How much will Mayor Michelle Wu’s plan to abolish the Boston Planning and Development Agency and create a new city planning department cost? How will the agency’s planners define their new priorities of “resilience, affordability and equity?” And what does this all mean for the livelihoods of the hundreds of BPDA employees who have been caught up in precarity since Wu’s election?
Those were just some of the many questions posed by nearly every member of Boston’s City Council to BPDA leadership Monday afternoon, in a committee hearing that was technically focused on one element of Wu’s broad plan to shake up the city’s approach to real estate development but ended up sparking a multihour discussion about the effort’s details — or lack thereof.
Strengthening how Bostonians can participate in the often-exhausting process of debating real estate development is important — but it’s also crucial to understand how a process that centers on affordability, resilience, and equity would function in practice, said Councilor at Large Ruthzee Louijeune.
“It sounds good, and I know it may sound good to residents, but we want to make sure that it’s actually going to lead to a material change into how things are being done at the BPDA, and to make sure that residents who often feel like they’re being railroaded by developers feel like they have a fair voice in this process,” Louijeune said. “We all know that there’s a lot happening with this.”
Indeed, the committee hearing — which lasted nearly 3½ hours and brought commentary from 12 of Boston’s 13 city councilors — follows a mid-February BPDA board meeting where members unanimously voted to table Wu’s executive order that would start “immediately implementing planning and development reforms,” saying they did not have a clear enough idea of what the proposed reforms actually were.
At Monday’s hearing, BPDA leadership including director Arthur Jemison, deputy chief Devin Quirk, and newly appointed general counsel Lisa E. Herrington discussed changing the BPDA’s original 1957 state charter from one that allows real estate development “in areas which are considered to be decadent, substandard or blighted open space” to one that, in Wu’s words, “must reflect the possibilities for our brightest future — from affordable housing and racial equity, to climate resilience and healthy, connected communities.”
One of the first steps in that proposed change is formally sunsetting urban renewal, a tool most notoriously used in the mid 20th-century by the then-Boston Redevelopment Authority to wipe out and rebuild entire neighborhoods of the city, but which recently has been a key surgical instrument to preserve affordable housing. Wu would prohibit the BPDA from using urban renewal to combat “blight, decadence, or substandard housing” — but retain its power to “enforce restrictions that protect community assets,” such as agreements that protect income-restricted housing across the city.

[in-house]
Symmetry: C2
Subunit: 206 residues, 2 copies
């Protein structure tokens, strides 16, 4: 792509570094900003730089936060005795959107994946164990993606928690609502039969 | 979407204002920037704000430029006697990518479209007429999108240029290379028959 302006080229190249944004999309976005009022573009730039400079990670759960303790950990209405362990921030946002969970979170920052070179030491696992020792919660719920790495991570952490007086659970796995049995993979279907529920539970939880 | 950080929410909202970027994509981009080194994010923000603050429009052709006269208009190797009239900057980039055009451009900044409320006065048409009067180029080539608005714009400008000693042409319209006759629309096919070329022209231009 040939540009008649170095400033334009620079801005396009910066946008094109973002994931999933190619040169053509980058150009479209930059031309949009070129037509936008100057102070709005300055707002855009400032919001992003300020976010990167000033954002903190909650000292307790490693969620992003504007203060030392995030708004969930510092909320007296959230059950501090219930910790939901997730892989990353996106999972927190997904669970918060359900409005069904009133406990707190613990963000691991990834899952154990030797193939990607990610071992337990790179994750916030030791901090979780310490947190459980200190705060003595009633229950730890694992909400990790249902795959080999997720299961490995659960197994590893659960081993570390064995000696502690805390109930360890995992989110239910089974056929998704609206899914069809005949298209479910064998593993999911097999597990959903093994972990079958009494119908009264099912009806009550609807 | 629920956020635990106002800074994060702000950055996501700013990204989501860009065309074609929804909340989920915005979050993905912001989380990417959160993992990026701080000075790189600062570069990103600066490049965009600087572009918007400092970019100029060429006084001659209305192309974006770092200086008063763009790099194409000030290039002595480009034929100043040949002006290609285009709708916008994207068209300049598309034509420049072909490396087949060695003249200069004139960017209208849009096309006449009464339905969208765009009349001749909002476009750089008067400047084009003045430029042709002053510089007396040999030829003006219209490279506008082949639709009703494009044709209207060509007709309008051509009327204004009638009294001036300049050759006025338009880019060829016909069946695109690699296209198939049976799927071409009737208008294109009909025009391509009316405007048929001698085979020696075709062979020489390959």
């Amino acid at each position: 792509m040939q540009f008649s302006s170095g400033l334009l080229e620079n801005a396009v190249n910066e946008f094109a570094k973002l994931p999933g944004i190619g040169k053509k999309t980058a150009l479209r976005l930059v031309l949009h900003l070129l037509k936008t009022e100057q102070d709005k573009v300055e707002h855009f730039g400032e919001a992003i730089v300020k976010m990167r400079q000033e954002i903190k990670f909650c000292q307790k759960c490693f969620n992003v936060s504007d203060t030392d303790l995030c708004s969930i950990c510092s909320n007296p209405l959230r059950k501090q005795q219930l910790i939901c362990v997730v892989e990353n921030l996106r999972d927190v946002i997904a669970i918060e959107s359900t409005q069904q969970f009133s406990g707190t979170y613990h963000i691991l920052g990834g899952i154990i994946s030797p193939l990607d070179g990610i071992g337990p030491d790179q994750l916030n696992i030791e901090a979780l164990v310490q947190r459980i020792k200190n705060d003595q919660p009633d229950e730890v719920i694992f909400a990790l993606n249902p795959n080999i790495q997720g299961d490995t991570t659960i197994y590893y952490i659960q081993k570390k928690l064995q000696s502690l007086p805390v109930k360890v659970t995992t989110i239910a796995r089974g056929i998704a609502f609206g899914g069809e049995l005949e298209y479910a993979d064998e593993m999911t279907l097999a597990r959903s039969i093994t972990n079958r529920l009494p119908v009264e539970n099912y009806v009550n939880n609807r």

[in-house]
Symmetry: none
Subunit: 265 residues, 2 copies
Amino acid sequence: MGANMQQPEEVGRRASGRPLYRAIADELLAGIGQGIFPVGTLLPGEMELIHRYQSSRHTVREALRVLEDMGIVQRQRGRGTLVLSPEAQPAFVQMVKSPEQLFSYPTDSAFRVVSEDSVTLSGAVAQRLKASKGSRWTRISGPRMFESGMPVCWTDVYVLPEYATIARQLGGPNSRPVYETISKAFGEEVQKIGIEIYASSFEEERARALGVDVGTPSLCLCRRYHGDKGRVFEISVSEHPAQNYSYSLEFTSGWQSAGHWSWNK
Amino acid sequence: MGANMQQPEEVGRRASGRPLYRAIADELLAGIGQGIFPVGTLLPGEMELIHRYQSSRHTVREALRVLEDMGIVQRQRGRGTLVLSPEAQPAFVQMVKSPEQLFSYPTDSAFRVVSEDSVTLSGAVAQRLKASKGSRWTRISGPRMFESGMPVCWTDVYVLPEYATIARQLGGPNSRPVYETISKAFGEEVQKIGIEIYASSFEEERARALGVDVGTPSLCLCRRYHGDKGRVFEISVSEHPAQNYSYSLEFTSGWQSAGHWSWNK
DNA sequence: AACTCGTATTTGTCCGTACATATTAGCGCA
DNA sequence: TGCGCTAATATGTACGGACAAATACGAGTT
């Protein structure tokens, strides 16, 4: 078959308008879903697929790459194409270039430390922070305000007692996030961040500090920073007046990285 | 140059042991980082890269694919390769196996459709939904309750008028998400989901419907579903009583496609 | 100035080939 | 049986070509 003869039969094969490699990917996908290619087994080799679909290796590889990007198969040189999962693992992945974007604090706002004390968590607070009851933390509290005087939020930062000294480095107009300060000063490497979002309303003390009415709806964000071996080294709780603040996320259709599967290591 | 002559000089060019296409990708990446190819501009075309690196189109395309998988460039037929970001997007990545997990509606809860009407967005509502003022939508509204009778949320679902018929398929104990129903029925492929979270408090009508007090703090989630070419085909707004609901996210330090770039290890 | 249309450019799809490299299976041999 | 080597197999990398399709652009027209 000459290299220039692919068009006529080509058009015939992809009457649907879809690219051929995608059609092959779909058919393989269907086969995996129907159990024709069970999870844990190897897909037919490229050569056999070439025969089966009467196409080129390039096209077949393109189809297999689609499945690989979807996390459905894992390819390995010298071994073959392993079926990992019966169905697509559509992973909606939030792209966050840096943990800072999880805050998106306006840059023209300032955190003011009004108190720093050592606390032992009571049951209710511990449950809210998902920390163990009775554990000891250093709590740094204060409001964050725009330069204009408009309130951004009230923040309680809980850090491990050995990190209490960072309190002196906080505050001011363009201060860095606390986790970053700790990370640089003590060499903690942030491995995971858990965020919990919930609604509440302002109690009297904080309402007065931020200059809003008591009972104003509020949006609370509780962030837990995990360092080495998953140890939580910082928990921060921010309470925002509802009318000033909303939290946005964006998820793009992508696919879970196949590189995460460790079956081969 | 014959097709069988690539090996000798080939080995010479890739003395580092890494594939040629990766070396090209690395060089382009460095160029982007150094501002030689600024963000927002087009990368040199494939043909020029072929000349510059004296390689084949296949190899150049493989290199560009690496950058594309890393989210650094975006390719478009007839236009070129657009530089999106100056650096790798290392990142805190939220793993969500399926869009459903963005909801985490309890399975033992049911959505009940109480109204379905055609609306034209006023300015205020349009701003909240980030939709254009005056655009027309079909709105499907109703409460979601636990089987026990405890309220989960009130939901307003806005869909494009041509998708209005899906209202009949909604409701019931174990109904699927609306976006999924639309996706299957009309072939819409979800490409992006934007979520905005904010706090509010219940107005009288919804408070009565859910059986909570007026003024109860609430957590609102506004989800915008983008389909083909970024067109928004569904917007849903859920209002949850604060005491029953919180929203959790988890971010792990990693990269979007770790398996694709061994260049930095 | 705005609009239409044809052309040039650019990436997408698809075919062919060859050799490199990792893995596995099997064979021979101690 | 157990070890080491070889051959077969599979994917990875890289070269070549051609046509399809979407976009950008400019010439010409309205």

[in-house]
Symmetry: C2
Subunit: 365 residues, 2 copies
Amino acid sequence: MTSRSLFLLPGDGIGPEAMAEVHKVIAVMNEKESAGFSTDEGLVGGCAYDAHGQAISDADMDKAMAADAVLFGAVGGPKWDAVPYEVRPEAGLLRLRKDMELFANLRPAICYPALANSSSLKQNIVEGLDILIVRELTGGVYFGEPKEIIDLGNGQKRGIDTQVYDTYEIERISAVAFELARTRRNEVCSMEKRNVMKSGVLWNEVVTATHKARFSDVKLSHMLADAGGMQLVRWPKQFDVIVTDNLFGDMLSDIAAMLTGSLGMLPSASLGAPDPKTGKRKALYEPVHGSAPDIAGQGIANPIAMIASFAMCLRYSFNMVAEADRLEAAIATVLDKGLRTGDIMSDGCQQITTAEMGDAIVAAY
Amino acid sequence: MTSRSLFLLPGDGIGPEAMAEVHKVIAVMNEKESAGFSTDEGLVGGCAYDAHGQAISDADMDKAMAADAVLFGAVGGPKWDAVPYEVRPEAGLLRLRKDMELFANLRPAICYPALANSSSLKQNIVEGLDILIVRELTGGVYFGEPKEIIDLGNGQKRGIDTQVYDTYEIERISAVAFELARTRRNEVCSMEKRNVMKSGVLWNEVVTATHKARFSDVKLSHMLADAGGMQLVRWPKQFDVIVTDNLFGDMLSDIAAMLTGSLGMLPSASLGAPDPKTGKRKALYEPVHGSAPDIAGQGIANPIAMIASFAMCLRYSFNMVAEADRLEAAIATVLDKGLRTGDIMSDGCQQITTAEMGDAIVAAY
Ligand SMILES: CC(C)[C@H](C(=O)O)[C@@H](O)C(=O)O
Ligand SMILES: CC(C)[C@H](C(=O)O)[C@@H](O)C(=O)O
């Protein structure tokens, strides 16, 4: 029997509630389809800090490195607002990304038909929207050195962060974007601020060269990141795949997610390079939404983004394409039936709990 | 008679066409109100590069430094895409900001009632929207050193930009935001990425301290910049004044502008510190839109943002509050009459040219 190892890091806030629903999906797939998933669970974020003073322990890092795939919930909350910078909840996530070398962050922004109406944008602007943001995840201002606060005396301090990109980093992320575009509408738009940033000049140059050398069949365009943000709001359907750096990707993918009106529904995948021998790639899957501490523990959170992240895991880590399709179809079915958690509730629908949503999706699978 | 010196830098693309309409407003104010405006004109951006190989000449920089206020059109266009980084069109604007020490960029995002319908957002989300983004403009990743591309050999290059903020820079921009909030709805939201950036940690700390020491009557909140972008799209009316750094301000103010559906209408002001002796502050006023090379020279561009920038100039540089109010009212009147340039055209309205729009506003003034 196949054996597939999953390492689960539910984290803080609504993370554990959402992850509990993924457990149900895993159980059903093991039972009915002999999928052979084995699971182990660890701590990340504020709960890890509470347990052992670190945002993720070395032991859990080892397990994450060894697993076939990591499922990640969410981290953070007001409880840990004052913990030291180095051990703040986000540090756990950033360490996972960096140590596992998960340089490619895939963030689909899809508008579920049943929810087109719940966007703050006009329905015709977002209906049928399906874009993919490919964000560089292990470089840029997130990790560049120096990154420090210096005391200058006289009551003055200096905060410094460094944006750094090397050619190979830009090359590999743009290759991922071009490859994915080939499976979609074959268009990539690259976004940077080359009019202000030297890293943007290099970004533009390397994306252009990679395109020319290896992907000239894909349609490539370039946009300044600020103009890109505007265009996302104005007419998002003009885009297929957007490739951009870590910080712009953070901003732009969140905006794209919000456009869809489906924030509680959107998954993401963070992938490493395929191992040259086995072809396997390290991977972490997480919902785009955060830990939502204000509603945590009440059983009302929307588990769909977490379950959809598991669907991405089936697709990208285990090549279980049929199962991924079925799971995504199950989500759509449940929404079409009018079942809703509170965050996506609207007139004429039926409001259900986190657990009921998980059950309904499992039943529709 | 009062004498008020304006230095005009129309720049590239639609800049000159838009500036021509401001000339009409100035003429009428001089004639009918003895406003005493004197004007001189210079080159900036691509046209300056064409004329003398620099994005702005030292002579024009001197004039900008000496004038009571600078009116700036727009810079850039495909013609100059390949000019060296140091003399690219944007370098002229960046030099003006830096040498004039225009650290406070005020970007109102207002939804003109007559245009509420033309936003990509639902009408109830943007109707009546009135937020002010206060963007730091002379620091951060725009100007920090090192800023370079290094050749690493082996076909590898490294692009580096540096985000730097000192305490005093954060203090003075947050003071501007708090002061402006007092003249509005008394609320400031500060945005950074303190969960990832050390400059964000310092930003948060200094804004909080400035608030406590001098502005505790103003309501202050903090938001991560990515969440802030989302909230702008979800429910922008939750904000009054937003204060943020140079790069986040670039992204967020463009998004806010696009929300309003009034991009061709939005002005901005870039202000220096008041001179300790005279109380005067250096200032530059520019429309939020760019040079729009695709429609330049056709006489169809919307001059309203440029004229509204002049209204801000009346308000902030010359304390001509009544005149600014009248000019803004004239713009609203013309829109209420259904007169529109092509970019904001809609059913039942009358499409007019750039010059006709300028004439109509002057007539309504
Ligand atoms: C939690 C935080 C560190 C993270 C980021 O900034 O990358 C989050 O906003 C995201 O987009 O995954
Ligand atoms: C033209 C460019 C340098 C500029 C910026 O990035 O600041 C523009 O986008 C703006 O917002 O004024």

A shift away from a legal definition of “blight” makes sense in today’s Boston, “which is anything but blighted,” said District 8 Councilor Kenzie Bok.
“The kind of shift that is being contemplated here in the legislation, where we get to move the agency away from those old frameworks . . . that have done a lot of harm, while also preserving these critical tools for a muscular public interest in the 21st century — it’s really got to be the goal,” Bok said.
BPDA leadership asked the council committee to approve the act with a vote on Wednesday, but that request drew quick pushback from councilors who wanted more specific information about the proposed changes.
“If we’re changing the entire way we do business, I think we should know all the details,” said District 3 Councilor Frank Baker. “I just don’t think we’re ready for a vote on Wednesday.”
Making changes to the BPDA in a way that’s “sufficiently thought out and planned out” is crucial, District 5 Councilor Ricardo Arroyo said, given the city’s reliance on property taxes for services and its overall fiscal health. Every councilor is “very aware” of how the substantial majority of Boston’s overall revenue comes from property taxes, Arroyo said. A whopping 74 percent of Boston’s revenue is budgeted to come from property taxes in fiscal 2023; comparatively, general property taxes comprised around 30 percent of New York City’s revenues in the same time period.
“As goes development, goes the city of Boston, frankly,” Arroyo said.
Councilors have spoken with lawmakers in cities including Seattle, Minneapolis, San Francisco, Los Angeles, and New York and found that re-crafting the processes behind real estate development tend to draw fire from all sides, Arroyo said. (Most of those cities have some form of rent control. The council is scheduled to discuss Wu’s proposed rent control plan at a hearing Thursday.)
“Basically what we found is no one city has claim to a development process that they are actually enthusiastic supporters of,” Arroyo said. “You almost have to create a plan that nobody likes to create a fair process.”
The council committee will discuss the issue again at a working session Friday.
Catherine Carlock can be reached at firstname.lastname@example.org. Follow her on Twitter @bycathcarlock.